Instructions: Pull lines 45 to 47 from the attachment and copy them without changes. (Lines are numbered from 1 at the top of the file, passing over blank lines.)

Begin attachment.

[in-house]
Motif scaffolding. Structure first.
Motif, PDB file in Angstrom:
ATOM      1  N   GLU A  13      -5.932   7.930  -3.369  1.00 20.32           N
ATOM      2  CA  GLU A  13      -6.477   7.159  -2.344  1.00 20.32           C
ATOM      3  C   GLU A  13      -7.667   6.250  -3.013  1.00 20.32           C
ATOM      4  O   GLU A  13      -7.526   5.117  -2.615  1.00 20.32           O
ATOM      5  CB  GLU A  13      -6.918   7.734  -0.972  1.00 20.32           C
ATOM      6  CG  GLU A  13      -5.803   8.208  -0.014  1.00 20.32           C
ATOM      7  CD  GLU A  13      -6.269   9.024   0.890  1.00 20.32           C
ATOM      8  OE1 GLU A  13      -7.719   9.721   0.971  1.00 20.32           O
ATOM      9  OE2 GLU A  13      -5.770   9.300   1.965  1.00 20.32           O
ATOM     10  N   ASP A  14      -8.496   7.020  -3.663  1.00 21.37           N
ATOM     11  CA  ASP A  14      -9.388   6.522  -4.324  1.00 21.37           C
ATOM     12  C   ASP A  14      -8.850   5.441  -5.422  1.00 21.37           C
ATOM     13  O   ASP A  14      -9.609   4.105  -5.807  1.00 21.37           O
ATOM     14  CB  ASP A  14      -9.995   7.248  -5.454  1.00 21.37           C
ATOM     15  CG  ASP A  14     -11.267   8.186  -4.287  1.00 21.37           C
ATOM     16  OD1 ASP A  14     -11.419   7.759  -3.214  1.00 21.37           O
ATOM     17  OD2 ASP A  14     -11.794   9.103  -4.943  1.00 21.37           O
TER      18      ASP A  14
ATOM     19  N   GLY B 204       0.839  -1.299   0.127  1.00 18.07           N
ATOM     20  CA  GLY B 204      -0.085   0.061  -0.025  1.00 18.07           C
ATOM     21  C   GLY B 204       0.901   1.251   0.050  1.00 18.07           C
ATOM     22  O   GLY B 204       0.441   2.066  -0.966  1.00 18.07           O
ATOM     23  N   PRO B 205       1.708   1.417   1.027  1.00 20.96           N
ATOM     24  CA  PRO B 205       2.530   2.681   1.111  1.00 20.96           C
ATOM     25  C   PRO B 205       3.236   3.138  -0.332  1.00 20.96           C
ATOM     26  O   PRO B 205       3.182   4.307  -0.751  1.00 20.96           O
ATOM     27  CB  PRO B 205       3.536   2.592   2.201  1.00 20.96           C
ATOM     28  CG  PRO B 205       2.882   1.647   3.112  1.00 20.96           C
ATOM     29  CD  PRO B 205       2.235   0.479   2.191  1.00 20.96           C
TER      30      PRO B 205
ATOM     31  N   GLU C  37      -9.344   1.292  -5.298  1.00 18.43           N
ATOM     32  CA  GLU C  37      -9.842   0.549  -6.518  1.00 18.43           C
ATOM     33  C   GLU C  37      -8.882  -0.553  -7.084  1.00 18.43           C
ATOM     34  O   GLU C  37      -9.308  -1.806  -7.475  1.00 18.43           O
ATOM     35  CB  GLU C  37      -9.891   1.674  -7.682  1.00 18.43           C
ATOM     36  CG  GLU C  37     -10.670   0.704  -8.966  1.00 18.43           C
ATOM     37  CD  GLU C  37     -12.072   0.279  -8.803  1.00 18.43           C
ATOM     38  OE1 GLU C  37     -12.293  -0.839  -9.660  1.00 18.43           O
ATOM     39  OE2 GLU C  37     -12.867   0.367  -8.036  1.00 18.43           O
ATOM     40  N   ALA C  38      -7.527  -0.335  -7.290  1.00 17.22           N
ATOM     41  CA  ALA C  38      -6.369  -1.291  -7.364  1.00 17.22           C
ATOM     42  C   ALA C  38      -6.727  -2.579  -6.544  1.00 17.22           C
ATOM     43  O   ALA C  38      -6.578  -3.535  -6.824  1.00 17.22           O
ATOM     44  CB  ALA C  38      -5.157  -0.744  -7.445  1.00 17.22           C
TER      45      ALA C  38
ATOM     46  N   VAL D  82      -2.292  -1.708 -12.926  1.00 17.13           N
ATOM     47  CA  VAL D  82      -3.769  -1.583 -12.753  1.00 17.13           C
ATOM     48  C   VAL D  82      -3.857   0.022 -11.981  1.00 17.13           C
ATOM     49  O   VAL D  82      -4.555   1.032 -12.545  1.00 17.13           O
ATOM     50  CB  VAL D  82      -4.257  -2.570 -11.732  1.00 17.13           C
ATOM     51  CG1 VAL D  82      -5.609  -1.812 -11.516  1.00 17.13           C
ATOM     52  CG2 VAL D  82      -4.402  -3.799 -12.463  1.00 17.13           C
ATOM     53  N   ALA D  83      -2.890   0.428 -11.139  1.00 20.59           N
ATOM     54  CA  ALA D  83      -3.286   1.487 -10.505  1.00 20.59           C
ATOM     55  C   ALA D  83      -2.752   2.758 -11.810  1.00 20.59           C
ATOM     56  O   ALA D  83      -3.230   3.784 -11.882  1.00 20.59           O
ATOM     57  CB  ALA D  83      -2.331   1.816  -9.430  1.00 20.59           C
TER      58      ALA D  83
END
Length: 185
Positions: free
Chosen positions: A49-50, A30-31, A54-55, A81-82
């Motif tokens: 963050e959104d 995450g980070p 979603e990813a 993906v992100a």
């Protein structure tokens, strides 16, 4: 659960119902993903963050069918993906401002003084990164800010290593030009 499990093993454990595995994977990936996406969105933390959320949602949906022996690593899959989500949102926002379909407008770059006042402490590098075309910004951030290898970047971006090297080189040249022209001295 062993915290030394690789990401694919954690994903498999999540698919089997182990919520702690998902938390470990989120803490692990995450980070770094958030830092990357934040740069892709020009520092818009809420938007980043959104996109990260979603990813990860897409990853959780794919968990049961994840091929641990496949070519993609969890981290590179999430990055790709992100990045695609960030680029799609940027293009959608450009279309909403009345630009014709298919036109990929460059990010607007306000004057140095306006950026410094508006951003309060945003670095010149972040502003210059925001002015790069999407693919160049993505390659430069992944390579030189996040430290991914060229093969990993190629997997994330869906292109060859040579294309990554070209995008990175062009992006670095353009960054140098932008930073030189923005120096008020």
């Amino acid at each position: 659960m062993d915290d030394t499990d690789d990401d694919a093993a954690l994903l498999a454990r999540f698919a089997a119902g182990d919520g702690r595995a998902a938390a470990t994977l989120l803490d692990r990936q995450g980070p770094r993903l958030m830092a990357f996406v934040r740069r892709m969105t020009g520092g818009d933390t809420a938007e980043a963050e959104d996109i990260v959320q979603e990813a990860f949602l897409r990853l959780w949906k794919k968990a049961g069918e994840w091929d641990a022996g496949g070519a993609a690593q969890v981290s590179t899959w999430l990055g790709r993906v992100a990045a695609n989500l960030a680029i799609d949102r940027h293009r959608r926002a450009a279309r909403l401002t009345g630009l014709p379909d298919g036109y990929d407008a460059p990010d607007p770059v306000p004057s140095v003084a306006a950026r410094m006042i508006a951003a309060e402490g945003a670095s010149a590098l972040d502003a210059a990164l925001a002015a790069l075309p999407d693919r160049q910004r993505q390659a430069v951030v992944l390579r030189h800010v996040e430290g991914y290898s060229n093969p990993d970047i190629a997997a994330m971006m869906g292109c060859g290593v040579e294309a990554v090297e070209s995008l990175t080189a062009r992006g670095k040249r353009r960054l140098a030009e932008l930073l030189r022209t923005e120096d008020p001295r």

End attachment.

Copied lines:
ATOM     42  C   ALA C  38      -6.727  -2.579  -6.544  1.00 17.22           C
ATOM     43  O   ALA C  38      -6.578  -3.535  -6.824  1.00 17.22           O
ATOM     44  CB  ALA C  38      -5.157  -0.744  -7.445  1.00 17.22           C